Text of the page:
I disagree with Bill being a Sangunista. While in the past, especially around Lorena, he definitely did that. But he hasn’t really been killing people lately. At least not food wise. He seemed to be more of a biter and setting free. Just saying. I wouldn’t say he was totally a mainstreamer but neither he nor Eric seemed to be in the habit of killing their food since we’ve met them. Now Bill has killed quite a few folks to look good to Sookie, etc. but I really don’t recall him actually killing his meals. And I don’t think we’ve ever seen Eric kill his meals just for the sake of killing them. There was always a reason that person died and it wasn’t about a meal.
I suspect that Bill has been killing still but we have not been made privy to those occasions yet. I suspect Gran, Renee, Maudette. Even the old woman in Jackson was shown to still be alive but I doubt it. Bill was entirely too strong for just taking “a nip” of the old broad. I believe he sucked her dry. I think that we will be shown at some point all of the “deeds” that Mr. Compton has been up to. The big reveal will happen sooner or later. I think later like when he meets the true death.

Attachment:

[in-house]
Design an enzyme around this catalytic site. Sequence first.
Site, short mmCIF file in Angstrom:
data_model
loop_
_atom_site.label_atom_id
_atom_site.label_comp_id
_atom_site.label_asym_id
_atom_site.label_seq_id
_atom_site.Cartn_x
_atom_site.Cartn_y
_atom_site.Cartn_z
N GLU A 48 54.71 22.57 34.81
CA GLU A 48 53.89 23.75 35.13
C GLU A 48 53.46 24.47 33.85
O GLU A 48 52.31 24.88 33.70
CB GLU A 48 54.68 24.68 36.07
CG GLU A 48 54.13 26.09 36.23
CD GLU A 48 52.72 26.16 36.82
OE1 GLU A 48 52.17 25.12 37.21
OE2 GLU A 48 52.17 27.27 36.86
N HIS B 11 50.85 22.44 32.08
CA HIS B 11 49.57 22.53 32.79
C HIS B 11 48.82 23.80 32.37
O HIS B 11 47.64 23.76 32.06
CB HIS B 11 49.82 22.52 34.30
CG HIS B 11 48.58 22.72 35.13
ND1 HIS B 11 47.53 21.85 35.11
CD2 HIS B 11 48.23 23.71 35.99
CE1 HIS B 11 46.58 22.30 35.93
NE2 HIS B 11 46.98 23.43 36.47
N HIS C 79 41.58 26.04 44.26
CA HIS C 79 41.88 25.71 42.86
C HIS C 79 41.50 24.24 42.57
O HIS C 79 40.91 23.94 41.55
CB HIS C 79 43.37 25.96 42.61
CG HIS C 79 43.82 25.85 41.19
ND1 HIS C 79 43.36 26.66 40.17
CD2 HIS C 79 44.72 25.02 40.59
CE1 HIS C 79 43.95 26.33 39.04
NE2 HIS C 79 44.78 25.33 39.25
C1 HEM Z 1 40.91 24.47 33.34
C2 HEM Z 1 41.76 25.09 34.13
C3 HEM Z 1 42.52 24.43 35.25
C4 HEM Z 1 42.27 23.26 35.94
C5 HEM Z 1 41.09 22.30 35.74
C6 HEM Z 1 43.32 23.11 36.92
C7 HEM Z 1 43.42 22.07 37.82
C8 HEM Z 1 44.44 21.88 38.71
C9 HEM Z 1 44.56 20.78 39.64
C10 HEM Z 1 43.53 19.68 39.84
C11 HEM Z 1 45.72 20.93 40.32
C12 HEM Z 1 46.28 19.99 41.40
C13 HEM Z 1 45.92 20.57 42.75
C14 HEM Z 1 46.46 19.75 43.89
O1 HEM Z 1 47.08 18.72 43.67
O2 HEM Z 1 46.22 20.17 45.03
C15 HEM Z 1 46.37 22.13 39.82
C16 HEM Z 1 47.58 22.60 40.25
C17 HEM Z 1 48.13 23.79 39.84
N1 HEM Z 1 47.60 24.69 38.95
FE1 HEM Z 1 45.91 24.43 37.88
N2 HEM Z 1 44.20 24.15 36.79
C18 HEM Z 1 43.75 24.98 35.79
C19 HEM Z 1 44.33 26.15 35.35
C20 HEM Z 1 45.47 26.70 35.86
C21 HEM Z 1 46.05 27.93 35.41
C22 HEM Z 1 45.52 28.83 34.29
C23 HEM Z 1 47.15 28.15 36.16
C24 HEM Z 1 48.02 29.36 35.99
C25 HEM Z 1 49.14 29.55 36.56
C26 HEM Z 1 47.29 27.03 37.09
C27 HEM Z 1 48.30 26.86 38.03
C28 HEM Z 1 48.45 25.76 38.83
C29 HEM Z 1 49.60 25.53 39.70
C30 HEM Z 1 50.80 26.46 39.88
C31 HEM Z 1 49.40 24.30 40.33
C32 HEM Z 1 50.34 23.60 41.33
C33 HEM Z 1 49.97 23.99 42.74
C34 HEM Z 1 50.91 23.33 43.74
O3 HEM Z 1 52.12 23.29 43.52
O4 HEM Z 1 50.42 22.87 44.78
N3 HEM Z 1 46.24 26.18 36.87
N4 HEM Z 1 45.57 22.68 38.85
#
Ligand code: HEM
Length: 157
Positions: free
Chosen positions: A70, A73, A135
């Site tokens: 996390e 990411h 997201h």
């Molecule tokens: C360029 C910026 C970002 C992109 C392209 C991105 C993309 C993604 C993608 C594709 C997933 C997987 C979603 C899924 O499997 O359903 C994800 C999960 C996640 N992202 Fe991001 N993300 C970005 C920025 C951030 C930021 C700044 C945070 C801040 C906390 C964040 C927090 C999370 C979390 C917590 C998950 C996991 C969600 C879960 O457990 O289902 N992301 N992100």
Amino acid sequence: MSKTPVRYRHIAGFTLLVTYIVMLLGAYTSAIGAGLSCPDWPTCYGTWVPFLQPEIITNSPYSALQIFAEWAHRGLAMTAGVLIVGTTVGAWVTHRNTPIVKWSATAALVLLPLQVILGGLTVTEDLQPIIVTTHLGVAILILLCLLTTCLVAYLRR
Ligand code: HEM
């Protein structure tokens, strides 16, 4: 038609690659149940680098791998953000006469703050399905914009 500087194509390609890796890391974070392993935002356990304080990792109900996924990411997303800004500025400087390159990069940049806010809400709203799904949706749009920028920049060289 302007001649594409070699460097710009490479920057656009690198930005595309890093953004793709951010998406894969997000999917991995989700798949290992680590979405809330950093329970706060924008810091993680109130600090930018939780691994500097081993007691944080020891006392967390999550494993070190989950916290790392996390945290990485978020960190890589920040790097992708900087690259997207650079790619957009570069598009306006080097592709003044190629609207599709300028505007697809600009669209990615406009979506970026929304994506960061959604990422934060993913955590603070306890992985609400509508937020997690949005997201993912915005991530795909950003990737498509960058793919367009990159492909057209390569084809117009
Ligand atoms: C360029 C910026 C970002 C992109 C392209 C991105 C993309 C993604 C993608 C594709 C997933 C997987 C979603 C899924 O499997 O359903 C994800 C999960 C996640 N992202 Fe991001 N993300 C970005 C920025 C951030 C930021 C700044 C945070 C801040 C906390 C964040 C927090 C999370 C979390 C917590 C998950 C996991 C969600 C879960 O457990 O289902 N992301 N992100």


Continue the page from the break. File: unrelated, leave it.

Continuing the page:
1) Roman made it clear in the scene above that Bill was ordered to execute Eric in S4. “The true death for Northman means the true death for Northman.” Yes, Bill made up lies to get the order, but once it was issued, Bill HAD TO DO IT. When he didn’t, he violated the Authority decree.
That’s not at all what “The true death for Northman means the true death for Northman.” sounded like to me, and I don’t think it’s clear that it means what you think it means. I thought he was trying to let Bill know (without letting Eric know) that he knows Bill tried to kill Eric without Authority authorization. His long hard stare at Bill, the way he said “I am the Authority” before saying the Northman line, was dripping with significance. Bill always was too big for his britches, overstepping his bounds, antagonizing authority figures…it would be rather in keeping with that type of personality to act as though he was the Authority, that he had every right to execute Eric if he wanted to. Maybe even lied about having been given permission. And oooo, wouldn’t that just chap Roman’s hide, that this pissant toddler puppet-king thinks he can usurp his authority, and wouldn’t that be quite the thing he could hold over Bill’s head, threatening to tell Eric the truth (which Eric probably already knows, but the point remains).
And how do you explain the Authority giving consent to kill Eric with no investigation when his beloved sister sits on the Council?
And Bill was pretty fucking casual about not killing Eric in season 4. One would think both he and Nan would be a bit more concerned about him committing treason than “Yeah, I decided not to do that, or whatever.”
Nowhere was there ever confirmation that The Authority ordered the execution of Eric Northman except from the mouth of Bill. And he’s a lying liar who lies. He’s even got a tiny birthmark in the shape of a lyre on his uvula.